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HOME, SWEET HOME FOR DIPENTA

DEFENSEMAN HAPPY TO BE PLAYING HOCKEY IN NORTH AMERICA

Friday, 09.11.2009 / 4:31 PM / Features
By Erin Pollina  - Sabres.com
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HOME, SWEET HOME FOR DIPENTA
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Joe DiPenta is glad to be back.

After living in Sweden for a year, a return to North America, an NHL organization and some familiar faces was exactly what he hoped for.

“It feels like home,” DiPenta said of signing with the Buffalo Sabres.

 It helps that he is already familiar with some of the team’s staff.

Prior to playing for the Frolunda HC Goteborg in the Swedish Elite League, the defenseman played 171 games with the Anaheim Ducks from 2005 to 2008 - earning a plus-12 rating and 21 points (5+16).

At that time, the Ducks’ American Hockey League affiliate was the Portland Pirates - where head coach Kevin Dineen presided.

“Joe is a guy that by far is one of the most dedicated athletes that I’ve ever met,” Dineen said. “He just carries himself in a way that makes the coaching staff endeared to his work ethic.”

That list includes Ducks’ Head Coach Randy Carlyle - who dubbed the blueliner “Joe Dependable” during the 2007 playoffs - as well as Dineen who was one of the voices in favor of signing him.

“I felt he was an extremely good fit in the organization, not only with what he brings as an individual, but how it seems to rub off on a lot of people,” Dineen said. “Those are the kind of players and people that you want to surround your future with.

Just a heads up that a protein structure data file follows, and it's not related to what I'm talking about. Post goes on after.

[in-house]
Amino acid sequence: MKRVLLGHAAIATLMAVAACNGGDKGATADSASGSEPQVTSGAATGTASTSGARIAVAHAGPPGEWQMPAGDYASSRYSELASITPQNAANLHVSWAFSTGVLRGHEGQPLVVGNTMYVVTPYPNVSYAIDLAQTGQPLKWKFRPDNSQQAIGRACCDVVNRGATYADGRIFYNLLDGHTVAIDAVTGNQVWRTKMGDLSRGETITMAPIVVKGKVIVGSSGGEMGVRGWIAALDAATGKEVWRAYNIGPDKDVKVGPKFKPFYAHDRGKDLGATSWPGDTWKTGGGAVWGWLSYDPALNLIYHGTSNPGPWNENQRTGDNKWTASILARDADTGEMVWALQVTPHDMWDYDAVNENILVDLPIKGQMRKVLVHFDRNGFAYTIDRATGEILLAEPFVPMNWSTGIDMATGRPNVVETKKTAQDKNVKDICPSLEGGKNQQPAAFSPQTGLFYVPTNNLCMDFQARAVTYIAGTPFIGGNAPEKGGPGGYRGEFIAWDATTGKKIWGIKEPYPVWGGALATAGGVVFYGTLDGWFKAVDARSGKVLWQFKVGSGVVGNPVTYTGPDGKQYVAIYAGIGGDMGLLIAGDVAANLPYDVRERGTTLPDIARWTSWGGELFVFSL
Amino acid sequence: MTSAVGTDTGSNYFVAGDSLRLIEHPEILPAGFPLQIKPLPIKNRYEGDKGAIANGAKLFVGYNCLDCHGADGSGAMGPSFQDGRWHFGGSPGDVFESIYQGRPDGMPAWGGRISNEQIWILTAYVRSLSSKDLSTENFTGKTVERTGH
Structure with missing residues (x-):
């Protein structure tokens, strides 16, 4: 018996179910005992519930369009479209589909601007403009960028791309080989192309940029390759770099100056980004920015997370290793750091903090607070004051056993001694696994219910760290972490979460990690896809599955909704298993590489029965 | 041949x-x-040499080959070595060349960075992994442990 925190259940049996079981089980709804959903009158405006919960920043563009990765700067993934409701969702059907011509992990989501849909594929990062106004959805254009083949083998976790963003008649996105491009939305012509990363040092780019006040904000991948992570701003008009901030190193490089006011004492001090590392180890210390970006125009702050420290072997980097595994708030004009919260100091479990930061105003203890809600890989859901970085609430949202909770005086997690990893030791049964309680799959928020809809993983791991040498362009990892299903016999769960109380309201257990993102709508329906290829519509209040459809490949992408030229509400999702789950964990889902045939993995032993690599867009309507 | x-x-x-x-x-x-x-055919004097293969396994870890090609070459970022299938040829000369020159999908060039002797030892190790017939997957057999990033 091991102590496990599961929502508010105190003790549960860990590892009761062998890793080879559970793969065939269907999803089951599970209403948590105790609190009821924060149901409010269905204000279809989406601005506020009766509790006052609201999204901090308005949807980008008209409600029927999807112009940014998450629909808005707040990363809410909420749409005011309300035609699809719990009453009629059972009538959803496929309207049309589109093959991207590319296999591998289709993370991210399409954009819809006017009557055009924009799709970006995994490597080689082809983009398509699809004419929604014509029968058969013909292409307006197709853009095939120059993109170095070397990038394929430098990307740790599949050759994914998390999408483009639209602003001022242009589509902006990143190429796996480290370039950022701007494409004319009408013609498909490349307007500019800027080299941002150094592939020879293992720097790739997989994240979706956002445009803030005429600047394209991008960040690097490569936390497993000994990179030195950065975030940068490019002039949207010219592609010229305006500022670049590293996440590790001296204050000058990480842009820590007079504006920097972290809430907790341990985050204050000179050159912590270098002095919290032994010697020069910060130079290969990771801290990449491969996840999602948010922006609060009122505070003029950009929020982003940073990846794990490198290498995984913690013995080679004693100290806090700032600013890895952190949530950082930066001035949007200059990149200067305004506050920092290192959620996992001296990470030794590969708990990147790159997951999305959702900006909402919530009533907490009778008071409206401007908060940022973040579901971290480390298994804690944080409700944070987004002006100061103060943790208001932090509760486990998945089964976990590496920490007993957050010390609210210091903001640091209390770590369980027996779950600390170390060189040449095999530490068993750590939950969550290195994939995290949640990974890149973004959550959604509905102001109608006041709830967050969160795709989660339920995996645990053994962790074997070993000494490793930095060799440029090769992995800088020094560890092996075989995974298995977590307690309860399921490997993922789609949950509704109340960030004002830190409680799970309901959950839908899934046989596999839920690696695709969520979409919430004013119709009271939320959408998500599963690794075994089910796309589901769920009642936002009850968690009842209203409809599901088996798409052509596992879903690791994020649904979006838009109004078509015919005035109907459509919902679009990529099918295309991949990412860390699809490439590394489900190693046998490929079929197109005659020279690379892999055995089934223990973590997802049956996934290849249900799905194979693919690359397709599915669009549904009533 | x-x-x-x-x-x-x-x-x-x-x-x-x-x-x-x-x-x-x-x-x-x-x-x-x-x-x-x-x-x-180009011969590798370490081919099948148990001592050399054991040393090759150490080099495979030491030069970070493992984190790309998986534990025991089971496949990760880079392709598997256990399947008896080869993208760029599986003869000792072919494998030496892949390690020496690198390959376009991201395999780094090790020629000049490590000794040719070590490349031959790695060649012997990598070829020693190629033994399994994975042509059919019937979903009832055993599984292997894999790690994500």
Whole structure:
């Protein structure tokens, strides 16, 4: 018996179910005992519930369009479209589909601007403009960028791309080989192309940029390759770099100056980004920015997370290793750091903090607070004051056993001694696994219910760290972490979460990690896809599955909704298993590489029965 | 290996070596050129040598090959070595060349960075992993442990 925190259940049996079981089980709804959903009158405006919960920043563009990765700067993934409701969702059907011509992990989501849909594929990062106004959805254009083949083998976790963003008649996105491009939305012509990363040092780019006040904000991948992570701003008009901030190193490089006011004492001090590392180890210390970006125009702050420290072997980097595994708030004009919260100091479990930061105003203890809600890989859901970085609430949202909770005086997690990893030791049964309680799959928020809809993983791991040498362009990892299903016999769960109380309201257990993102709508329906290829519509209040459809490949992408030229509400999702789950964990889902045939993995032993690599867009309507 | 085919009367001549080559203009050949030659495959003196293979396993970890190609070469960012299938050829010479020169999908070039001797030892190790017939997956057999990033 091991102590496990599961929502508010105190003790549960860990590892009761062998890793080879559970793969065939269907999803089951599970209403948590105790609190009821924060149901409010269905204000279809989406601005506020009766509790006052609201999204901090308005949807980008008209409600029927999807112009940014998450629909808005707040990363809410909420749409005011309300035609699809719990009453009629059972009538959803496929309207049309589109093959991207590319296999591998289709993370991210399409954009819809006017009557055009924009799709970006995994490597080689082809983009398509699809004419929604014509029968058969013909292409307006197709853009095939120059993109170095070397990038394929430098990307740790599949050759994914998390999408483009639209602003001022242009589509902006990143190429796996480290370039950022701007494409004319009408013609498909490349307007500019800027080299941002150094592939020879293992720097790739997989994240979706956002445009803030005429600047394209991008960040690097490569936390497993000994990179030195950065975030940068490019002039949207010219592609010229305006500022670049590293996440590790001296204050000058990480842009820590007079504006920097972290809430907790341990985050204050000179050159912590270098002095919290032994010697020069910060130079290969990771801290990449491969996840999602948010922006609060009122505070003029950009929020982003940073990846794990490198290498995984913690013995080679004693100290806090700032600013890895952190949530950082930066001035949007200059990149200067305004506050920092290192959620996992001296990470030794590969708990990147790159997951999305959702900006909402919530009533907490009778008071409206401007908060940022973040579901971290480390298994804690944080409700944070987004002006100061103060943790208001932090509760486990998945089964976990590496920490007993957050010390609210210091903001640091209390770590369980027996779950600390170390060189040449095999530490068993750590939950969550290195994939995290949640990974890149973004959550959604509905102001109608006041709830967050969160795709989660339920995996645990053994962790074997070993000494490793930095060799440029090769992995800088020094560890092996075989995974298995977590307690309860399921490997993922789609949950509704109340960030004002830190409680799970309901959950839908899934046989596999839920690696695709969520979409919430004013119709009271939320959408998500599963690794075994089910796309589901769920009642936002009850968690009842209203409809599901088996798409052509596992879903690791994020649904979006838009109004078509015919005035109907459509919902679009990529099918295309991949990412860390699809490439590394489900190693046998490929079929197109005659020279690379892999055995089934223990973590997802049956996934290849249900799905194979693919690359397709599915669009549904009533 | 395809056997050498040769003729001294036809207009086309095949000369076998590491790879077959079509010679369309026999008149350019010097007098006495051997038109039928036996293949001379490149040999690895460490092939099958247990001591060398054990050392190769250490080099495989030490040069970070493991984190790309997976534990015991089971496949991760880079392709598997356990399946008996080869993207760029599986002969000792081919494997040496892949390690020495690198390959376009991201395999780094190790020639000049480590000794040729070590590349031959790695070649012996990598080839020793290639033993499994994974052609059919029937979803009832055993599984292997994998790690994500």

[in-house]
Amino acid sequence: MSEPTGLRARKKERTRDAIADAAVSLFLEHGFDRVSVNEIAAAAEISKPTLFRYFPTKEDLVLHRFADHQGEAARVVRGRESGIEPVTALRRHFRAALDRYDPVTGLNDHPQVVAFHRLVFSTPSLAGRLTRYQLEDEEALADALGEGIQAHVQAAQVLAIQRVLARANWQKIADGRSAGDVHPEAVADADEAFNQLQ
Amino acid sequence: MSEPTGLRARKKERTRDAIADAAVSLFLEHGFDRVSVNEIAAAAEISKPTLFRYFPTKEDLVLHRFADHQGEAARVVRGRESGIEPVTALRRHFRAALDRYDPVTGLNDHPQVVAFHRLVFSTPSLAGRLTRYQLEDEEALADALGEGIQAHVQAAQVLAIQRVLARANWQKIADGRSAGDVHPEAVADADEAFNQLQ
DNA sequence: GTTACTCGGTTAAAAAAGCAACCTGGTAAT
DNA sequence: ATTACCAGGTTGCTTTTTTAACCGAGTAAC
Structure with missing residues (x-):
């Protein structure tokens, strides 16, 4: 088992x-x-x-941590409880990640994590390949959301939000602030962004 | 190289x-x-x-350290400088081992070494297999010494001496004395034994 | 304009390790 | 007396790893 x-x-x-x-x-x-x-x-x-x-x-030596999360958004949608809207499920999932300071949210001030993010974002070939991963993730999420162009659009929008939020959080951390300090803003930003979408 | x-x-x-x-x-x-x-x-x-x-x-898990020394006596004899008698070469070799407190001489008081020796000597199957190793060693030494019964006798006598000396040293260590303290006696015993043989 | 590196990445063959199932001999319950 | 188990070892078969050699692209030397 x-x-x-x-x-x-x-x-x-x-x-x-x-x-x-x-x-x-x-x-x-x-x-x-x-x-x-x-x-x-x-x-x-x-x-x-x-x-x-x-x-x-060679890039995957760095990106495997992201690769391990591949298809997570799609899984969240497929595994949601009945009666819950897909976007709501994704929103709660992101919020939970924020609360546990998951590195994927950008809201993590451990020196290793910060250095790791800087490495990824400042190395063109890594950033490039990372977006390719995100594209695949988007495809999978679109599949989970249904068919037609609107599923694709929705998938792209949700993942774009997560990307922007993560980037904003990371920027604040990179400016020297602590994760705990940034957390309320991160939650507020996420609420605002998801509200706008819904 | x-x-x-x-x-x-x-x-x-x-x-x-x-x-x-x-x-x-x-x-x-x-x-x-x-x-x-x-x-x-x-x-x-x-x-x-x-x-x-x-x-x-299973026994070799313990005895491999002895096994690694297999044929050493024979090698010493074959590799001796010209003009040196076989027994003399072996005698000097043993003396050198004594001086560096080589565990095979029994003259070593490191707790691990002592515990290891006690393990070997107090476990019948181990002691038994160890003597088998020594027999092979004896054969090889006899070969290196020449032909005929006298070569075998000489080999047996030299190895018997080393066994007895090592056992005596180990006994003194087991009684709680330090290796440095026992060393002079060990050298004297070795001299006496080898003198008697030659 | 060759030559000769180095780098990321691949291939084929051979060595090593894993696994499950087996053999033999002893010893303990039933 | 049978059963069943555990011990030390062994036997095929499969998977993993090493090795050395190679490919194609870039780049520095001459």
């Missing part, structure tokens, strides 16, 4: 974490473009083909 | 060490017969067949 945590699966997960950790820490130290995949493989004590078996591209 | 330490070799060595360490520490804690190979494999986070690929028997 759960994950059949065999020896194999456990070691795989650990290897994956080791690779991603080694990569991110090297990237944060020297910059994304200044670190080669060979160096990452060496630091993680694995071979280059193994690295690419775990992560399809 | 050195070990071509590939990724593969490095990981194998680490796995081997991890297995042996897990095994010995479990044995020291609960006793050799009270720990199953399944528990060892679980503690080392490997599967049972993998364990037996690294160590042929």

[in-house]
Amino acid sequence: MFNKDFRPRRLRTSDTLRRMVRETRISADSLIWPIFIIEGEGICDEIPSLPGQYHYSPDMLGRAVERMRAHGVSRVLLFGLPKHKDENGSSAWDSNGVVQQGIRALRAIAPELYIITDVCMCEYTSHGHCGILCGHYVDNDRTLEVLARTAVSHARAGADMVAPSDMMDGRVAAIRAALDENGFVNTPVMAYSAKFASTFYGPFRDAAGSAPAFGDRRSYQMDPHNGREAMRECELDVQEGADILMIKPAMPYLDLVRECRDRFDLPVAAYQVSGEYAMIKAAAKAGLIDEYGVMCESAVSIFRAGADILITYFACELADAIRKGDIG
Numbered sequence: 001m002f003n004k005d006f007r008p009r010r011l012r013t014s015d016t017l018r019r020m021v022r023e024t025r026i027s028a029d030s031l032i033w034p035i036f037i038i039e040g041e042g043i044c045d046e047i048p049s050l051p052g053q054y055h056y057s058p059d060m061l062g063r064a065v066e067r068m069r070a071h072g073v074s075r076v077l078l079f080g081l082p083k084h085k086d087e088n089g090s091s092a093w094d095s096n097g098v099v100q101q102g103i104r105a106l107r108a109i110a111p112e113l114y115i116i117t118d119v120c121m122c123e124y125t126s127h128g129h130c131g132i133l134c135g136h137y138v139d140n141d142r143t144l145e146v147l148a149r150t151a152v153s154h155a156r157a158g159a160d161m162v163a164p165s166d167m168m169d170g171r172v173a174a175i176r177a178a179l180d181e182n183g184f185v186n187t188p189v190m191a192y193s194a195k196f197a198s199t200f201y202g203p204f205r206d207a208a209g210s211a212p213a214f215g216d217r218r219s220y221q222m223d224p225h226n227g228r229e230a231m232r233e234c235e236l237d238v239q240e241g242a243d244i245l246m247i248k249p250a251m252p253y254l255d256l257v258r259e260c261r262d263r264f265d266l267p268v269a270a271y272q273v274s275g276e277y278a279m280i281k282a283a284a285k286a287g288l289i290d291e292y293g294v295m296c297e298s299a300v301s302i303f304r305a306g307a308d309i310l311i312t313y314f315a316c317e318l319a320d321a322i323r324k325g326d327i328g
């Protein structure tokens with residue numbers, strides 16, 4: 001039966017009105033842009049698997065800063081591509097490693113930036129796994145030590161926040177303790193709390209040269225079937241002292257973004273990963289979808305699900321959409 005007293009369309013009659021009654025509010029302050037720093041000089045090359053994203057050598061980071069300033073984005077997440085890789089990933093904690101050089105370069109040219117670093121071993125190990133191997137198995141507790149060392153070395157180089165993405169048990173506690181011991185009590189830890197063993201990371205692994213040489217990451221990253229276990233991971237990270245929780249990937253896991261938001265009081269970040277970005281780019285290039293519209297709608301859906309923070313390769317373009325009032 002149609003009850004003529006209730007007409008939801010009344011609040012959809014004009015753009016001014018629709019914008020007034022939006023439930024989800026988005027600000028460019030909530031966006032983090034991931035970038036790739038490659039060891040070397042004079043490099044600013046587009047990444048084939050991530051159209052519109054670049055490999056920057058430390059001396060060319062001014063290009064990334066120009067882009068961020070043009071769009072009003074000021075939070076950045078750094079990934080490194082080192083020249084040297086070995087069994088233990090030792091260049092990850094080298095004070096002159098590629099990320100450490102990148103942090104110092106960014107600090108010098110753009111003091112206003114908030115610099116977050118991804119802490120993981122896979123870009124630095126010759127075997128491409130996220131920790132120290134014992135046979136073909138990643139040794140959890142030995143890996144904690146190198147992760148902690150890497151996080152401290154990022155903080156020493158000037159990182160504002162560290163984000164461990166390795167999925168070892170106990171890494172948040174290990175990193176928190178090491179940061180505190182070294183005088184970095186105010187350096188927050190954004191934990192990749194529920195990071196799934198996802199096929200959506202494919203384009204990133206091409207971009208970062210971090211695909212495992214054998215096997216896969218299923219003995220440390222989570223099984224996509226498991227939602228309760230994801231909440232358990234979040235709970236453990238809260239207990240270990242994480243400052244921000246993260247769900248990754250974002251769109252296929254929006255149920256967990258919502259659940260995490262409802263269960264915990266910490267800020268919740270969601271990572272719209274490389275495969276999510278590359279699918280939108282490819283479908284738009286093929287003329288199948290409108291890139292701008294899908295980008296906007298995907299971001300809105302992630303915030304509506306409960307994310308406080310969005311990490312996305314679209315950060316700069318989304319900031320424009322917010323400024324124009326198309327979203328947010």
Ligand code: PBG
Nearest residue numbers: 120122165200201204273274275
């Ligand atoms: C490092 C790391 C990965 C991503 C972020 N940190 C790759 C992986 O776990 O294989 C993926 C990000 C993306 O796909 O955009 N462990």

“He is one of those guys that will never be the first to admit that he has the highest talent level. And what he doesn’t have there he certainly makes up in heart and character.”

DiPenta will admit, however, that he was tested this past season in Sweden.

As one of the few players in the organization to speak English, he found transitioning to his new team was much more difficult than he expected.

“Little things that we take for granted in this country are a lot harder when you can’t speak the language,” he said. “Even just trying to read signs and trying to figure out where a post office is, you really start to get an appreciation for people that come to our country … I have a lot more compassion for the Europeans that come to play hockey over here now.”

While adapting to the culture proved a challenge, DiPenta added that it did help rejuvenate his passion for the game.

“That last year in Anaheim before I went to Sweden was tough,” he said. “My ice time when down quite a bit. To go over there last year and play every game, have a role on the team, I think was good for me mentally.

“Attitude and passion can take you a long way.”

In DiPenta’s case, it brought him back home.

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